Corn Harvest Quality Report 2019/2020

Horneous (Hard) Endosperm

The horneous (hard) endosperm test measures the percent of horneous or hard endosperm out of the total endosperm in a kernel, with a potential value from 70 to 100%. The greater the amount of horneous endosperm relative to soft endosperm, the harder the corn kernel is said to be. The degree of hardness is important, depending on the type of processing. A hard kernel is needed to produce high yields of large flaking grits in dry milling. Desired hardness is hard to medium for alkaline cooking, and desired hardness is medium to soft for wet milling and livestock feeding. Hardness correlated to breakage susceptibility, feed utilization/efficiency and starch digestibility.

As a test of overall hardness, there is no good or bad value for horneous endosperm. There is only a preference by different end-users for particular ranges. Many dry millers and alkaline cookers would like greater than 85% horneous endosperm, while wet millers and feeders would typically like values from 70 to 85%. However, there are certainly exceptions in user preference.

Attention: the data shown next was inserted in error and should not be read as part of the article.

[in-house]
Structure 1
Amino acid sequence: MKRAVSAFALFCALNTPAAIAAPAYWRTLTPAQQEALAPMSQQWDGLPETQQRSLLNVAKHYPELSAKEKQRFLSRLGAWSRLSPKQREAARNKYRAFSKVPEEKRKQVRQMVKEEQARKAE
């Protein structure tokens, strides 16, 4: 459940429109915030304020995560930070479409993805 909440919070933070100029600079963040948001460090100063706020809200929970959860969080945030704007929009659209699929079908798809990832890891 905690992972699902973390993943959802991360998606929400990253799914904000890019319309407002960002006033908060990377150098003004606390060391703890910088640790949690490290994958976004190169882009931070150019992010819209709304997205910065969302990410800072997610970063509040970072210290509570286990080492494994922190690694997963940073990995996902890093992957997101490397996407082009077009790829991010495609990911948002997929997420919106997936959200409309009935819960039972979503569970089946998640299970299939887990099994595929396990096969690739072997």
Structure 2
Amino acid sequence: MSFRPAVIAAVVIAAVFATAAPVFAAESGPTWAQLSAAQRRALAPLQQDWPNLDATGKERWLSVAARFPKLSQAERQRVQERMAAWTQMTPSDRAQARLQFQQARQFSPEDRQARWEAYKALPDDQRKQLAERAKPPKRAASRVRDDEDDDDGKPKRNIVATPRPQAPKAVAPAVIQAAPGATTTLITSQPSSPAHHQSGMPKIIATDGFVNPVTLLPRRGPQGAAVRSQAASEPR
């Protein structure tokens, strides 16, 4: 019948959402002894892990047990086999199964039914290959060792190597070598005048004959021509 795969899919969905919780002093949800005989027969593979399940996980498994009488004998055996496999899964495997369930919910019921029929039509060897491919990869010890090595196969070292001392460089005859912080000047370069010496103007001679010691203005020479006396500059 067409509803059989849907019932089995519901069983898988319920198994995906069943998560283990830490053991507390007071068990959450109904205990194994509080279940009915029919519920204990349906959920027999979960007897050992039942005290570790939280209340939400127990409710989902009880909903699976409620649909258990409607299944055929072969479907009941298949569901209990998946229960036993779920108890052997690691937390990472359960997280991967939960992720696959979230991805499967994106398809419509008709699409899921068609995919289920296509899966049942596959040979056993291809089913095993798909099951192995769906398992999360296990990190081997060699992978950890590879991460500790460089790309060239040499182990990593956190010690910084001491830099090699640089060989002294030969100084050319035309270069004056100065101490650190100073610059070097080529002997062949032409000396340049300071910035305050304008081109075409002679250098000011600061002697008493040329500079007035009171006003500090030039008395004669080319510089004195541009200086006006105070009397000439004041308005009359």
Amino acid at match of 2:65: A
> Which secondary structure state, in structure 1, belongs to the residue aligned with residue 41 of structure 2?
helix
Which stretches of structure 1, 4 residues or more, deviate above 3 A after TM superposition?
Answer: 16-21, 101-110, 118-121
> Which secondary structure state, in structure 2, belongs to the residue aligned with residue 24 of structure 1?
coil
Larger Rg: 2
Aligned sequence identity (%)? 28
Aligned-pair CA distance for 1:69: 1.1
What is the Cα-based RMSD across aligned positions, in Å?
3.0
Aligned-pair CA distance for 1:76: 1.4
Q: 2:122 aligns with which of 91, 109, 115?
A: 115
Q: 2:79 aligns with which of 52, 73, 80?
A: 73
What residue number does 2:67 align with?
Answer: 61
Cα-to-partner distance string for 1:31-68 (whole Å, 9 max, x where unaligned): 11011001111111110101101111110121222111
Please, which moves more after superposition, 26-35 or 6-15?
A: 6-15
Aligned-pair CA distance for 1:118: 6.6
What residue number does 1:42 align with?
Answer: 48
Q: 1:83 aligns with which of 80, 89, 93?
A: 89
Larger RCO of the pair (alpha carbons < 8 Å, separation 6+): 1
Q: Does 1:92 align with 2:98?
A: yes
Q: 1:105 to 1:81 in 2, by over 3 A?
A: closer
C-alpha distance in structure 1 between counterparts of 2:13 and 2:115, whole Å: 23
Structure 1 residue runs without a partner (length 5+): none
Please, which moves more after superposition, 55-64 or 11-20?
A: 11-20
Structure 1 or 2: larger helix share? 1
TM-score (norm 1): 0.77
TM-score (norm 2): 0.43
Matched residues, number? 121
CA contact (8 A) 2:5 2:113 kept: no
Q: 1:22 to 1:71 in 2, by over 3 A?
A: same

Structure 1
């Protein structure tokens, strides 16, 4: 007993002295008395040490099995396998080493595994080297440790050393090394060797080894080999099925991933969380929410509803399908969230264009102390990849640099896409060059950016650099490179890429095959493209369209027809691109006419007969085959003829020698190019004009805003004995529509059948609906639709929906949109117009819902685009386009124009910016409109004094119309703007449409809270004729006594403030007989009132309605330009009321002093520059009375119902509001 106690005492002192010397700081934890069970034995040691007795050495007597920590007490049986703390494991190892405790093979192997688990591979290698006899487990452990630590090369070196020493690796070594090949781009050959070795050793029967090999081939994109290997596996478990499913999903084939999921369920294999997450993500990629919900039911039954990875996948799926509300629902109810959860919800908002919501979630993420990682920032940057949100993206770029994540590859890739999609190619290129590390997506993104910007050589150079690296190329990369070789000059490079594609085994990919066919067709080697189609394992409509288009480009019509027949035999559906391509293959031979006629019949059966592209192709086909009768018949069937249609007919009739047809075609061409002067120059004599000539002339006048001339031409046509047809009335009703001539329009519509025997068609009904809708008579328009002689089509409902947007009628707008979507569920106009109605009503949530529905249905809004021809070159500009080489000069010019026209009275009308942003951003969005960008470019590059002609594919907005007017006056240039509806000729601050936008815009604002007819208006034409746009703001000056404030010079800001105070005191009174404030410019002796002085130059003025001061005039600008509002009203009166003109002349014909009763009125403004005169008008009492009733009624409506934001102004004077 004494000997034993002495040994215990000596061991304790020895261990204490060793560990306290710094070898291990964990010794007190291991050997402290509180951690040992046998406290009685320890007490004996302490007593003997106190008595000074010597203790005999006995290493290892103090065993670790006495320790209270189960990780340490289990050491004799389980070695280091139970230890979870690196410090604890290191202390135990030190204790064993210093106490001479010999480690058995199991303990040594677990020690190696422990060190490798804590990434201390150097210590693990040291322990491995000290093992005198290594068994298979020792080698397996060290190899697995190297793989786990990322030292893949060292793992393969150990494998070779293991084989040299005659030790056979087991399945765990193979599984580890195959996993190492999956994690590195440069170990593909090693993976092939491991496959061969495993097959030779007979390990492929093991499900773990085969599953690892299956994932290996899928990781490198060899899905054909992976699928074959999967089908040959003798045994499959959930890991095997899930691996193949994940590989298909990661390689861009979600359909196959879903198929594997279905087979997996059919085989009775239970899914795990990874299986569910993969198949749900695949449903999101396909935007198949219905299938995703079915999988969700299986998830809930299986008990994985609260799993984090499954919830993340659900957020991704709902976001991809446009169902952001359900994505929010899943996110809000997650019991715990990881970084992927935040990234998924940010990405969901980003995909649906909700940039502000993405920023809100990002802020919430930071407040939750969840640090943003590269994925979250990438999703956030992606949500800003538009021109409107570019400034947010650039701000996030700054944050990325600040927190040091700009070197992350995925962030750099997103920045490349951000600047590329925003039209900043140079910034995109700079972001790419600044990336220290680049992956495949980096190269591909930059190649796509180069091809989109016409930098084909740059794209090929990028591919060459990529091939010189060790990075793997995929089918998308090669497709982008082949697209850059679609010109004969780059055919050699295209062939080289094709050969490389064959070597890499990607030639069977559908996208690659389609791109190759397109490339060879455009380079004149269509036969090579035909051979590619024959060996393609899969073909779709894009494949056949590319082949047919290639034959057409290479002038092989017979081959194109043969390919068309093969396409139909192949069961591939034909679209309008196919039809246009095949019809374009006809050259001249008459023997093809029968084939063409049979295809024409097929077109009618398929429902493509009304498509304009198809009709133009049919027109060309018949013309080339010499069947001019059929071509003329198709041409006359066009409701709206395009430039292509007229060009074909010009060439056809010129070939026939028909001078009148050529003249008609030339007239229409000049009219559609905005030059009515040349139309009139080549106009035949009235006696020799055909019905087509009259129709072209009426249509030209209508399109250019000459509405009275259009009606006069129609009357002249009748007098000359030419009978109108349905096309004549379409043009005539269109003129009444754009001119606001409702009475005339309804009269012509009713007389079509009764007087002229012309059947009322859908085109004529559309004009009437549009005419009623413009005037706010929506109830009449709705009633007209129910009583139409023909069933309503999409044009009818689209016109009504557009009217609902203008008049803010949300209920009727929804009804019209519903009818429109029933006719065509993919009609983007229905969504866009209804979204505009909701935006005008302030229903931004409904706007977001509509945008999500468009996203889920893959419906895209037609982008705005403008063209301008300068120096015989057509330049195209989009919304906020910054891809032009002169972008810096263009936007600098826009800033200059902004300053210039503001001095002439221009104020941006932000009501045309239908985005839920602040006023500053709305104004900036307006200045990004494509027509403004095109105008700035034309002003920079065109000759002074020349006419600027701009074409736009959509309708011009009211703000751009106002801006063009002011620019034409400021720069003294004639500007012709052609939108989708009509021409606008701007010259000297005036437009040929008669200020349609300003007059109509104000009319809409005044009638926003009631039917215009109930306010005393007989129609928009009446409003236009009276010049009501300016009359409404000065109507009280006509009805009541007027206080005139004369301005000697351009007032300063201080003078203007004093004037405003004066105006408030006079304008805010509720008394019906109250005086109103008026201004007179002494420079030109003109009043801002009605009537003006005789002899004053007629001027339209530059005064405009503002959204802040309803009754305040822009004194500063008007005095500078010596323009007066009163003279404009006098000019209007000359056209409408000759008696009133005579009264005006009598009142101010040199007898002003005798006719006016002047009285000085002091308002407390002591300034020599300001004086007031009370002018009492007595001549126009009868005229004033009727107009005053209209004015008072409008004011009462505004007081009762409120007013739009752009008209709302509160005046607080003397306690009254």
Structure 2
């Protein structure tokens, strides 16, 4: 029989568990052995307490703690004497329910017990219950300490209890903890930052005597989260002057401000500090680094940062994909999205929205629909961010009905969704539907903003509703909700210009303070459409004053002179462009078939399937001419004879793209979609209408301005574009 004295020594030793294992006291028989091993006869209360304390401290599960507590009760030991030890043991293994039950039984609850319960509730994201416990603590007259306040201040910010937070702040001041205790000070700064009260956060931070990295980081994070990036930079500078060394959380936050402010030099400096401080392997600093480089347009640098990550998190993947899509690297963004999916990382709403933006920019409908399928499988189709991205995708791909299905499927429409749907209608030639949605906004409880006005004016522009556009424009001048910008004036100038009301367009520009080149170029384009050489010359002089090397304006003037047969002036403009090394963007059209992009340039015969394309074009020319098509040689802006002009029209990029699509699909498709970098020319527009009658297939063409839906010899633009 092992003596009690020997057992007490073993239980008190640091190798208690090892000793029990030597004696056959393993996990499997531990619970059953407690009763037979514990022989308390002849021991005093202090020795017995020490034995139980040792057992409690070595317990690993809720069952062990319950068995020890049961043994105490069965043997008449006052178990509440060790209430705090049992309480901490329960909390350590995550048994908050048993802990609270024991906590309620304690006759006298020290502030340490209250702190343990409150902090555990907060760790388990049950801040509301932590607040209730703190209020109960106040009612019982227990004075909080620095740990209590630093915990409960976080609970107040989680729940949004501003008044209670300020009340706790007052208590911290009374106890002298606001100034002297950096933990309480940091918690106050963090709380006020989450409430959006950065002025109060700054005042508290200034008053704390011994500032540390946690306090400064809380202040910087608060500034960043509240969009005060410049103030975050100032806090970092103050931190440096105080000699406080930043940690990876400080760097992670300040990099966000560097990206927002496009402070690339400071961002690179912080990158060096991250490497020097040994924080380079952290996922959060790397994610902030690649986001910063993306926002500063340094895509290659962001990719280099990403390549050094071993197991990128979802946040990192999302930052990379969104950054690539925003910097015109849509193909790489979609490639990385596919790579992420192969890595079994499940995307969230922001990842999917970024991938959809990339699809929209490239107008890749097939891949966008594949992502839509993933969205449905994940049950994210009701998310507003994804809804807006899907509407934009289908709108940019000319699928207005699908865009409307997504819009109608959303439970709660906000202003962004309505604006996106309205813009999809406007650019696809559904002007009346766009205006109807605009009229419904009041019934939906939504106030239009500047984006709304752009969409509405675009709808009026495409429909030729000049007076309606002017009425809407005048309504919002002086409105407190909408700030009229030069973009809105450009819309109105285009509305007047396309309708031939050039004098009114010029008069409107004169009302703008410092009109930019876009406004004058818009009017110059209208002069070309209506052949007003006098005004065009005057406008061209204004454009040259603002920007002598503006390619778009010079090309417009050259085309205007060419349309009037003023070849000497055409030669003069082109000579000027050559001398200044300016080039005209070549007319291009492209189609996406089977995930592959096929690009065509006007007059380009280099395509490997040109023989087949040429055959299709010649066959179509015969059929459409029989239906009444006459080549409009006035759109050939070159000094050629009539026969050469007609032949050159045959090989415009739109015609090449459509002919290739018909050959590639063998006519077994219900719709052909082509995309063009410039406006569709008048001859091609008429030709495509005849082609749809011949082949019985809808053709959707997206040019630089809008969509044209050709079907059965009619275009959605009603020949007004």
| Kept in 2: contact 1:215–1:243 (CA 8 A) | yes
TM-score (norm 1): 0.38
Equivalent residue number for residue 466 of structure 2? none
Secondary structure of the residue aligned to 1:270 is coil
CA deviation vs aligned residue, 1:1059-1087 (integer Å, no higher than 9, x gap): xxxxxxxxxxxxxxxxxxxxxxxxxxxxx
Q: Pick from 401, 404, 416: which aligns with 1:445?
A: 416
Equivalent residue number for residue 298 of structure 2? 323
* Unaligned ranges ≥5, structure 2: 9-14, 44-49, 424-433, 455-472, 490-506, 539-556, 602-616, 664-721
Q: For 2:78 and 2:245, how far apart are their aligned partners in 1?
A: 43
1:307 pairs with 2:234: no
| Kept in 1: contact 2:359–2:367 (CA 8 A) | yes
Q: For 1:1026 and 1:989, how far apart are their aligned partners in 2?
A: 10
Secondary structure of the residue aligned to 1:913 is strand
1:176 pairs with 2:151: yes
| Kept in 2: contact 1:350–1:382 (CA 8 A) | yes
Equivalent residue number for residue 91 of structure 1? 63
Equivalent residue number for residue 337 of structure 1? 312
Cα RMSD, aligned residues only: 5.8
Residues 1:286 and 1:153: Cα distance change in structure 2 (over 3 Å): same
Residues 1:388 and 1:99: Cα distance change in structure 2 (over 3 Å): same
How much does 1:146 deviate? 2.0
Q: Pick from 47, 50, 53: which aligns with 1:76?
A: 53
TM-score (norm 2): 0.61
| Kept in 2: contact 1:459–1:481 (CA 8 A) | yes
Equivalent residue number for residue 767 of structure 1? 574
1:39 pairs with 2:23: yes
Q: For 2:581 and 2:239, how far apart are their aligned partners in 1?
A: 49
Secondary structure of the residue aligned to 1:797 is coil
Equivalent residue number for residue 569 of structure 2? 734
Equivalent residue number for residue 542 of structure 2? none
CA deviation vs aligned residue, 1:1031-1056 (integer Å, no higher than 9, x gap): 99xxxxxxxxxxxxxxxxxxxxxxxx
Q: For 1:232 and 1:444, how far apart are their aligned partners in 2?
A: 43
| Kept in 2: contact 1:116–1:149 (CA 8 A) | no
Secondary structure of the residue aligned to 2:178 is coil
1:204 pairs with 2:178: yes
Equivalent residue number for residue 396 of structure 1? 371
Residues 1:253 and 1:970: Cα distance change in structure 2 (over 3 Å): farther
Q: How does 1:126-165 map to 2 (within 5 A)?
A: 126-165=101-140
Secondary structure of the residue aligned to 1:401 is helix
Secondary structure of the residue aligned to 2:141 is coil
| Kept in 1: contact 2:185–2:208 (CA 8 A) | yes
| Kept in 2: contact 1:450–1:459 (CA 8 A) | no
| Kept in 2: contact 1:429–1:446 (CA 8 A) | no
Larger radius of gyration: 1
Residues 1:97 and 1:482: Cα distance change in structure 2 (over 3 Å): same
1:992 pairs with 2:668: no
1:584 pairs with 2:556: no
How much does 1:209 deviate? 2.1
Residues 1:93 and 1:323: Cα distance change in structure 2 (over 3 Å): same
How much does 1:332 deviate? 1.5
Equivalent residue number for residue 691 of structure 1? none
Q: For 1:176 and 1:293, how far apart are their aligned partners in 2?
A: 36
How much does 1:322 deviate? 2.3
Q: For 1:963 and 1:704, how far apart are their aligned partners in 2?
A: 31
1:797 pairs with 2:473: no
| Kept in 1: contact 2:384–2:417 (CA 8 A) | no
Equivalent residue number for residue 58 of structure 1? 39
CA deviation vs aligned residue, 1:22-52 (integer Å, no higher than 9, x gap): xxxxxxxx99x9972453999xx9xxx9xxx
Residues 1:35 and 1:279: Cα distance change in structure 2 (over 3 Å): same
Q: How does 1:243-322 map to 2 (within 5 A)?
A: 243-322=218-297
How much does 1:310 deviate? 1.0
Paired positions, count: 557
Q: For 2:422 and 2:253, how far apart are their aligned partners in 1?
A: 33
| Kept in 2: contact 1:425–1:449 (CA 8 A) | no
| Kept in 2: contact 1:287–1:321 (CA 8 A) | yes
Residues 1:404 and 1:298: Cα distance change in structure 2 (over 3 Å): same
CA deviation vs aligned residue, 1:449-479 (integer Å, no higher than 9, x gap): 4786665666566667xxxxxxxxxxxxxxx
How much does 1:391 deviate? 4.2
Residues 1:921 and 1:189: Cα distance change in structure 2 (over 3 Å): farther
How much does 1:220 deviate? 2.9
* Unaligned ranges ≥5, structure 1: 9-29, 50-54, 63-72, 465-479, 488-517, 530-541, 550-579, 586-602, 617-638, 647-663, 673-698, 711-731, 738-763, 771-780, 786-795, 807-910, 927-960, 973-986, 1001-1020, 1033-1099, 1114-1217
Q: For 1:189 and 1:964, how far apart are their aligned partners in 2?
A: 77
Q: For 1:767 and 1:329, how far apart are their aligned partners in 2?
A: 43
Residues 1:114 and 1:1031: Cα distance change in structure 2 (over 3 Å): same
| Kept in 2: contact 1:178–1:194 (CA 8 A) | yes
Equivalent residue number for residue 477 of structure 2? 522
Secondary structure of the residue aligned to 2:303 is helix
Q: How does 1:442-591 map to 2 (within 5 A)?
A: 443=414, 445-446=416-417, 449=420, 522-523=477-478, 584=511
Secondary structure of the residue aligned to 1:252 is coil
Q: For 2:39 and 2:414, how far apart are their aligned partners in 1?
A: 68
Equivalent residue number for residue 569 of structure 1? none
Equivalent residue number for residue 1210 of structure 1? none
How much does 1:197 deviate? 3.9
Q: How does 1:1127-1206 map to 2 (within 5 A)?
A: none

Beginning with the 2019/2020 Harvest Report, only the samples tested for the mycotoxin would be tested for horneous endosperm. This quality factor’s relative margin of error had never exceeded 0.4% in the samples tested from the eight previous reports when all samples were tested for this quality factor. Thus, reducing the number of samples tested for horneous endosperm would likely keep the precision of this quality factor’s estimates well below the targeted level of ±10.0%. See the “Survey and Statistical Analysis Methods” section for more information regarding the relative margin of error calculations for the quality factors.


  • Average U.S. Aggregate horneous endosperm in 2019 (81%) was the same as 2018 and 2017 (both 81%) and higher than the 5YA (80%).
  • U.S. Aggregate standard deviation for horneous endosperm was 3% in 2019 and 2018, but lower than in 2017 and the 5YA (both 4%).
  • The 2019 horneous endosperm range (71 to 96%) was similar to 2018 (72 to 92%) and 2017 (71 to 92%).
  • Of the 2019 samples, 63.3% contained more than 80% horneous endosperm, which was a higher percentage than in 2018 (59.5%) and 2017 (58.0%). This indicates 2019 had more kernels with hard endosperm than the two previous years.
  • Average horneous endosperm for the Gulf, Pacific Northwest and Southern Rail ECAs was 81, 80 and 82%, respectively. The Southern Rail ECA has had the highest or tied for the highest average horneous endosperm in 2019, 2018, 2017 and 5YA among all ECAs.